Time complexity: O((n+ d)logn)
Space complexity: O(n)


花花酱 LeetCode 1697. Checking Existence of Edge Length Limited Paths

An undirected graph of n nodes is defined by edgeList, where edgeList[i] = [ui, vi, disi] denotes an edge between nodes ui and vi with distance disi. Note that there may be multiple edges between two nodes.

Given an array queries, where queries[j] = [pj, qj, limitj], your task is to determine for each queries[j] whether there is a path between pj and qjsuch that each edge on the path has a distance strictly less than limitj .

Return boolean array answer, where answer.length == queries.length and the jth value of answer is true if there is a path for queries[j] is true, and false otherwise.

Example 1:

Input: n = 3, edgeList = [[0,1,2],[1,2,4],[2,0,8],[1,0,16]], queries = [[0,1,2],[0,2,5]]
Output: [false,true]
Explanation: The above figure shows the given graph. Note that there are two overlapping edges between 0 and 1 with distances 2 and 16.
For the first query, between 0 and 1 there is no path where each distance is less than 2, thus we return false for this query.
For the second query, there is a path (0 -> 1 -> 2) of two edges with distances less than 5, thus we return true for this query.

Example 2:

Input: n = 5, edgeList = [[0,1,10],[1,2,5],[2,3,9],[3,4,13]], queries = [[0,4,14],[1,4,13]]
Output: [true,false]
Exaplanation: The above figure shows the given graph.


  • 2 <= n <= 105
  • 1 <= edgeList.length, queries.length <= 105
  • edgeList[i].length == 3
  • queries[j].length == 3
  • 0 <= ui, vi, pj, qj <= n - 1
  • ui != vi
  • pj != qj
  • 1 <= disi, limitj <= 109
  • There may be multiple edges between two nodes.

Solution: Union Find

Since queries are offline, we can reorder them to optimize time complexity. Answer queries by their limits in ascending order while union edges by weights up to the limit. In this case, we just need to go through the entire edge list at most once.

Time complexity: O(QlogQ + ElogE)
Space complexity: O(Q + E)


花花酱 LeetCode 1691. Maximum Height by Stacking Cuboids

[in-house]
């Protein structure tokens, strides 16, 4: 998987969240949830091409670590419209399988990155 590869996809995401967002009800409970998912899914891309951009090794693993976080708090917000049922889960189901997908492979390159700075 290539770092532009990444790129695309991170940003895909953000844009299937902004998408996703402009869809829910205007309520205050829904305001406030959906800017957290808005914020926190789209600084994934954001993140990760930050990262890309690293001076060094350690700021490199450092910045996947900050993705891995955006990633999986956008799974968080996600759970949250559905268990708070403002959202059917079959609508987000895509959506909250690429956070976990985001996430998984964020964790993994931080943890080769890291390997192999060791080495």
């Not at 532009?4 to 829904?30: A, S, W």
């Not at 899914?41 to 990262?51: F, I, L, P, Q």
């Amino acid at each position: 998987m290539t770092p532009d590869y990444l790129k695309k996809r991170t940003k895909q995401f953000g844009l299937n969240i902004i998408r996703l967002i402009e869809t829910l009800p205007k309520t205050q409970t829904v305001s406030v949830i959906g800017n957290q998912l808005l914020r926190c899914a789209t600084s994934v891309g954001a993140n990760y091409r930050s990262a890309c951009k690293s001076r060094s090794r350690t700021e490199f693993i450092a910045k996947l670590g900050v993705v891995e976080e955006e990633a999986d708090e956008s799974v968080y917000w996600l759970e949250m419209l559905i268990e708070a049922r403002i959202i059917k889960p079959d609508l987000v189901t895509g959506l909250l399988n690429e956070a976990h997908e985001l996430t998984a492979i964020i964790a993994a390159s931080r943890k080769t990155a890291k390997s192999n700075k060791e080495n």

Given n cuboids where the dimensions of the ith cuboid is cuboids[i] = [widthi, lengthi, heighti] (0-indexed). Choose a subset of cuboids and place them on each other.

You can place cuboid i on cuboid j if widthi <= widthj and lengthi <= lengthj and heighti <= heightj. You can rearrange any cuboid’s dimensions by rotating it to put it on another cuboid.

Return the maximum height of the stacked cuboids.

Example 1:

Input: cuboids = [[50,45,20],[95,37,53],[45,23,12]]
Output: 190
Cuboid 1 is placed on the bottom with the 53x37 side facing down with height 95.
Cuboid 0 is placed next with the 45x20 side facing down with height 50.
Cuboid 2 is placed next with the 23x12 side facing down with height 45.
The total height is 95 + 50 + 45 = 190.

Example 2:

Input: cuboids = [[38,25,45],[76,35,3]]
Output: 76
You can't place any of the cuboids on the other.
We choose cuboid 1 and rotate it so that the 35x3 side is facing down and its height is 76.

Example 3:

Input: cuboids = [[7,11,17],[7,17,11],[11,7,17],[11,17,7],[17,7,11],[17,11,7]]
Output: 102
After rearranging the cuboids, you can see that all cuboids have the same dimension.
You can place the 11x7 side down on all cuboids so their heights are 17.
The maximum height of stacked cuboids is 6 * 17 = 102.


  • n == cuboids.length
  • 1 <= n <= 100
  • 1 <= widthi, lengthi, heighti <= 100

Solution: Math/Greedy + DP

Direct DP is very hard, since there is no orders.

We have to find some way to sort the cuboids such that cuboid i can NOT stack on cuboid j if i > j. Then dp[i] = max(dp[j]) + height[i], 0 <= j < i, for each i, find the best base j and stack on top of it.
ans = max(dp)

We can sort the cuboids by their sorted dimensions, and cuboid i can stack stack onto cuboid j if and only if w[i] <= w[j] and l[i] <= l[j] and h[i] <= h[j].

First of all, we need to prove that all heights must come from the largest dimension of each cuboid.

1. If the top of the stack is A1*A2*A3, A3 < max(A1, A2), we can easily swap A3 with max(A1, A2), it’s still stackable but we get larger heights.
e.g. 3x5x4, base is 3×5, height is 4, we can rotate to get base of 3×4 with height of 5.

2. If a middle cuboid A of size A1*A2*A3, assuming A1 >= A2, A1 > A3, on top of A we have another cuboid B of size B1*B2*B3, B1 <= B2 <= B3.
We have A1 >= B1, A2 >= B2, A3 >= B3, by rotating A we have A3*A2*A1
A3 >= B3 >= B1, A2 >= B2, A1 > A3 >= B3, so B can be still on top of A, and we get larger height.

e.g. A: 3x5x4, B: 2x3x4
A -> 3x4x5, B is still stackable.

Time complexity: O(n^2)
Space complexity: O(n^2)